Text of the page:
I was told that by the summer 2017 there had not been more than 1 to 3 asylum seekers in the country – I cannot remember the correct number anymore but in any case it was close to zero. People simply wanted to get to Serbia, and from there usually to Croatia, Slovenia and to the Western Europe; to Austria, Germany, or where ever.
Furthermore, the camps in Macedonia are technically not actual refugee camps but merely transit-centers, so the people are not even supposed to stay there for longer periods of time, but to be moved to other countries, like Serbia or be deported back to Greece. A lot of people just try to cross the Serbian border with their smugglers, time and time again. People arrive to the camp one day and the next morning they might be gone. Some people of course stay a bit longer, even some months, but still this somewhat explains the high rotation of people in the camp.
The daily life and routines
”You don’t want to stay there for too long, believe me”, I was laconically told while waiting for the taxi to take me and the other EVS volunteers to the camp on my first day there. This made me angry since the camp was the reason I was in Macedonia in the first place. But it is true it could be very boring in the camp if you took it that way, you could be as useless as you wanted to. Only a few refugees approached us by their own terms and we couldn’t really go searching for them from their small containers where they slept and lived. We were also feeling unsure if they even wanted to talk with us, although it was clear that there wasn’t much else to do and that probably they’d be happy to break the routines of doing nothing – since there was pretty much nothing to do – and communicate with us.
The communication wasn’t necessarily that easy either. We didn’t know which ones of them spoke English – and we didn’t speak any Arabic and there wasn’t always an interpreter either – and their culture was different, so you didn’t really know what was the best way to act; most of the refugees in Tabanovce were young men, and most of the volunteers were young women, which made it somewhat hard and awkward to approach them. It would have been a lot easier to approach children or women, but even if there were some women sometimes, they didn’t really leave the containers.
As the time passed, we, however, got some more experience and courage, and, when the ice was broken for the first time, it all got that much smoother and more comfortable – people would start approaching us, greeting us, telling us about their lives and joining us for a game of cards, or, later when it wasn’t that hot anymore, volleyball or football (yes, even I joined sometimes, although I sucked). At some point we had a lot of Algerians at the camp and I got to practice my forgotten French skills with them and even translate some conversations with them and other volunteers. It was empowering for me. All these casual conversations about Erdogan, the terrorist attack in Finland last summer, youtube videos from someone’s home town. Little by little we spent less and less time in our containers and more time together.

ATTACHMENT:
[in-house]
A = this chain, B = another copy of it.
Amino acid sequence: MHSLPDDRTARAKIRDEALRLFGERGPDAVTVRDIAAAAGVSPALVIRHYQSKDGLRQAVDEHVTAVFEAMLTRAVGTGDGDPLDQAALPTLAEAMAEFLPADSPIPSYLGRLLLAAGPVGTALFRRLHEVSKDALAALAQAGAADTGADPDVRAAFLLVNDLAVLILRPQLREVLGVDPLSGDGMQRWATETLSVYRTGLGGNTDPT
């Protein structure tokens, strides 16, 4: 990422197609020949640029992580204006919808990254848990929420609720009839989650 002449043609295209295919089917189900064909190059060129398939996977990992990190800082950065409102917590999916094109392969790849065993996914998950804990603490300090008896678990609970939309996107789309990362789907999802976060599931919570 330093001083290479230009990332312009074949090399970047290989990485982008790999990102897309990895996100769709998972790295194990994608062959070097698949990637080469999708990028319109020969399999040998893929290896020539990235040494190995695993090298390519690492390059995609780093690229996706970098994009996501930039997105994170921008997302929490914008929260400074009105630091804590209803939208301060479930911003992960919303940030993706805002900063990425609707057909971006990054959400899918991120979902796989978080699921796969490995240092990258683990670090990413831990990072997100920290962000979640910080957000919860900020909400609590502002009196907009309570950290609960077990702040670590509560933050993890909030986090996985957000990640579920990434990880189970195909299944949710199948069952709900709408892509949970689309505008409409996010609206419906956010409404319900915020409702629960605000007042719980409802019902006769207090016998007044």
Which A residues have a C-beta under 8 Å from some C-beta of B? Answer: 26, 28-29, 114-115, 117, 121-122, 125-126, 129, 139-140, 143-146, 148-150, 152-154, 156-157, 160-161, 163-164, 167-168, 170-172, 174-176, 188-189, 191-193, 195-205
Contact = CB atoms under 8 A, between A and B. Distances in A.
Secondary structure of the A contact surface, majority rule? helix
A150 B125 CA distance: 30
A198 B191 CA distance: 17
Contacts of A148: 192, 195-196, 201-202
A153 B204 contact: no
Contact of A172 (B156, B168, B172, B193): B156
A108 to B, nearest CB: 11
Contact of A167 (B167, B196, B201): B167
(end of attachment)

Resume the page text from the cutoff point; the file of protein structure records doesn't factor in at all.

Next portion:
Our routines started changing when another organization working at the camp wanted to cooperate with the EVS volunteers; as they put it, they had money but not really a target group, since it was an organization for children but there weren’t a lot of children in the camp. They wanted to do something for the people who were at the camp, which was really nice. So we had a meeting where we decided to start organizing cultural nights, with ”therapeutic cooking” in the spotlight. This meant that the volunteers would take turns in organizing a day of activities about our own countries, share some music and videos, and the main event would be cooking something from our own countries, involving refugees in the cooking and later sharing the meal together. So this organization would provide the materials and we would provide the volunteers.
The event turned out to be more or less a success. During the first cultural night, a French one, we were really lucky to have there an Afghan family with two teenagers and two smaller children. They were really interested in talking with us (even the 6-year-old spoke very good English!), playing and cooking and I’m sure we all had such a fun day, even if all the French cakes didn’t succeed that well. Later there was also a Polish night (turned into an Algerian one), a Turkish night, a Slovakian night and, of course, a Finnish night, where I got to make apple pies and salmon breads with some helpful hands, and we watched videos of Lapland and weird Finnish sports on youtube. During some days, it felt like the whole camp was, if not directly involved, at least trying to be where the cooking happened; sometimes we only had a couple of people cooking, but nevertheless, it always felt like it was a nice activity for those involved. I hope they will continue doing something similar at the camp even now when our project has ended and there are no more EVS volunteers.